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Author Topic: How do I add additional power in automobile?  (Read 1114 times)
AG4DX
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Posts: 3




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« on: April 07, 2001, 07:18:24 AM »

I've been running my HF rig in my car for a couple of months, and it's been working perfectly. I've run 8AWG power cables directly from my battery terminals and through the firewall. Both the positive and the negative leads are fused at the battery. These power leads are directly connected to my rig, which sits on my passenger seat.

This power setup worked great when I only needed a single power source for my rig. Now, I'd like to add some additional equipment, such as a digital signal processor and a SWR meter with a backlight. Both of these use very little power, but they need a 12V power source.

What's the best way to connect these additional power leads? I'd like to have the flexibility to connect and disconnect these systems at any time, and add additional power at a later date for additional equipment. This also should be something asthetically pleasing, if not easy to hide under the seat or behind the dash.

I want to do this right, but I don't have the background to understand the proper connectivity requirements (or safety considerations) for automobile use. Can anyone help?

73, James/AG4DX
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KL7IPV
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Posts: 984




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« Reply #1 on: April 09, 2001, 12:31:20 AM »

In either CQ or QST magazine ( I can't remember which ) there is an ad for a 12V distribution box. You can either buy one or build one to take the 12V from the car battery and divide the output to two to three jacks for use as you see fit. A simple box with the jacks for the output on the front and an input 12V jack in the back should do the job for you. Just be sure you are using a wire of sufficient size for the power load and fused accordingly. Fusing each power output jack would be wise as well.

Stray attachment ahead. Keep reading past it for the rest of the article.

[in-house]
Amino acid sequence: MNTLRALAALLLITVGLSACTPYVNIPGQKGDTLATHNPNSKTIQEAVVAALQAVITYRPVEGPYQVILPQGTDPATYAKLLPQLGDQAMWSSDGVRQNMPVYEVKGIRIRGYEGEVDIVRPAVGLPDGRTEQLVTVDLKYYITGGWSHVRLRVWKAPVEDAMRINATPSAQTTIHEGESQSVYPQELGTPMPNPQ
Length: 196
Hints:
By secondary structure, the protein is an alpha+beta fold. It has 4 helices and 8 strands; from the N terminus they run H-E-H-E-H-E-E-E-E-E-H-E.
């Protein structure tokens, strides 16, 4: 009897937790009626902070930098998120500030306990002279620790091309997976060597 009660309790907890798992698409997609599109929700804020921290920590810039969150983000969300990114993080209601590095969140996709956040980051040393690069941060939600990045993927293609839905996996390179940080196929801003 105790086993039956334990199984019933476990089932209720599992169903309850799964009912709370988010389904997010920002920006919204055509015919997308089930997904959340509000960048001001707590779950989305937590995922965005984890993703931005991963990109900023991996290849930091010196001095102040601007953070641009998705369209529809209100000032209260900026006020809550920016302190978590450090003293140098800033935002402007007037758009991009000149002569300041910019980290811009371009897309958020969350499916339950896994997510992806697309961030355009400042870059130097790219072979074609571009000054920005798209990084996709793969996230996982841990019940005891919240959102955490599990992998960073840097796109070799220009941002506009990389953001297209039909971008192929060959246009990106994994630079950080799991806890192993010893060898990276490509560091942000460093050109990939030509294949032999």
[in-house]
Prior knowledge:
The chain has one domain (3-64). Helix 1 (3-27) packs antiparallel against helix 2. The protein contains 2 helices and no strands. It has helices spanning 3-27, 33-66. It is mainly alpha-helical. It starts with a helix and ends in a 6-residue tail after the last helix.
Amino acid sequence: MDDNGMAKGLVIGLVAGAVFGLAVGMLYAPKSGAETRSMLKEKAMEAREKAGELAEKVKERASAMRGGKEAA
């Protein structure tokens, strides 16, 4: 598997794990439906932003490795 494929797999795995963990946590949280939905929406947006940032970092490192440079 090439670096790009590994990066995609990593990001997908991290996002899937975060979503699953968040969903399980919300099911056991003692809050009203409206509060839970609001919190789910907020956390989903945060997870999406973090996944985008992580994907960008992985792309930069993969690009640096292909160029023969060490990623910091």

73,
Frank
KL7IPV
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WB2WIK
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« Reply #2 on: April 09, 2001, 03:46:13 PM »

I'd recommend not re-inventing the wheel on this.  The RV/camping/trailering industry has already created numerous high-quality, low-cost 12Vdc power tap products for mobile applications, and it's best to stick with those.  They are tried & proven, flame-resistant, polarized and goof-proof, and readily available at RV/trailer supply stores.

There is a product called a power-tap which simply crimps on to your existing #8 gauge main power wiring and provides lower-current taps for accessory equipment.  You'll find them all over the place in trailers, and frequently under automotive dashboards as well.  They cost very little and are very secure, require no special tooling or soldering, and are what the whole automotive industry uses.

For making connection to the accessories, there are 2-post polarized M-F connectors which are molded onto wires and also readily available.  Just fit them to the power taps and your accessories for simple plug & play solutions that are safe and polarized.  If the accessories are not fused internally, I'd always recommend they be fused individually, in the power lines to the accessories themselves -- since a pair of big, fat 30A fuses (or whatever you have in line already at the battery) are going to take quite a while to blow if you have a small short circuit in the #22 gauge wire that goes to your SWR meter lamp!  (In this case, the small gauge wire is likely to burn up before the fuses.)

73 & safe mobiling!

Steve WB2WIK/6

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N3WJA
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« Reply #3 on: April 15, 2001, 08:57:22 AM »

I also have run heavy wire from the battery to the interior of my van, fused at the battery.  At that point there are a couple of options.
I have a friend who used terminal strips to make his connections.  He mounted a piece of plywood to the body and then the terminal strip to that.
I use Workman polarized connectors on all my equipment. These are almost the same as the connectors that Motorola uses on the M120 mobile radios. They are available at a lot of CB shops, they use them for hooking up large current load items. Also available at hamfests and ham stores. They can be found in varying wire gages, I have both 14 and 10 gage that I keep in the OS Kit. Positive potential side is insulated to keep short circuits from happening and polarized to keep from hooking them up backwards. Works for me.
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AF4YA
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« Reply #4 on: April 17, 2001, 09:55:04 PM »

You might try having a look at a distribution block that is used in car audio application. Street Wires (Esoteric Audio), Monster Cable, Rockford Fosgate, and Lightning Audio all make asteically pleasing distribution blocks. Streetwires makes theirs for use with barrel fuses. All of these use set screw inputs and outputs. Check out Crutchfield at

www.crutchfield.com

Hope this helps,
73s
Nick Mullins
AF4YA
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